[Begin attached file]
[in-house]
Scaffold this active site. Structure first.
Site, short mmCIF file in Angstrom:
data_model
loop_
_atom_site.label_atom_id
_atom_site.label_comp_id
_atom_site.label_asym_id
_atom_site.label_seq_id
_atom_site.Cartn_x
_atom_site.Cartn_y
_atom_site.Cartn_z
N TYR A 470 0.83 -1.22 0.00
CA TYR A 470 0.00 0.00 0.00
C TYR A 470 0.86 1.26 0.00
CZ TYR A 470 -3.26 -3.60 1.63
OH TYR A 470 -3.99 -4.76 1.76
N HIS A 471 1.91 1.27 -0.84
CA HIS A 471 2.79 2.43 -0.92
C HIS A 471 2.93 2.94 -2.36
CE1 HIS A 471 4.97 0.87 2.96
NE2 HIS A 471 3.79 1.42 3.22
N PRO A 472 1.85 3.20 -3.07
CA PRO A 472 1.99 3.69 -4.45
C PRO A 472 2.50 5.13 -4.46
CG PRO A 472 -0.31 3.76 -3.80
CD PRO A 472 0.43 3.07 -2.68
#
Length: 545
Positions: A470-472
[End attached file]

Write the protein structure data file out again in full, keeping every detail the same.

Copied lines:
[in-house]
Scaffold this active site. Structure first.
Site, short mmCIF file in Angstrom:
data_model
loop_
_atom_site.label_atom_id
_atom_site.label_comp_id
_atom_site.label_asym_id
_atom_site.label_seq_id
_atom_site.Cartn_x
_atom_site.Cartn_y
_atom_site.Cartn_z
N TYR A 470 0.83 -1.22 0.00
CA TYR A 470 0.00 0.00 0.00
C TYR A 470 0.86 1.26 0.00
CZ TYR A 470 -3.26 -3.60 1.63
OH TYR A 470 -3.99 -4.76 1.76
N HIS A 471 1.91 1.27 -0.84
CA HIS A 471 2.79 2.43 -0.92
C HIS A 471 2.93 2.94 -2.36
CE1 HIS A 471 4.97 0.87 2.96
NE2 HIS A 471 3.79 1.42 3.22
N PRO A 472 1.85 3.20 -3.07
CA PRO A 472 1.99 3.69 -4.45
C PRO A 472 2.50 5.13 -4.46
CG PRO A 472 -0.31 3.76 -3.80
CD PRO A 472 0.43 3.07 -2.68
#
Length: 545
Positions: A470-472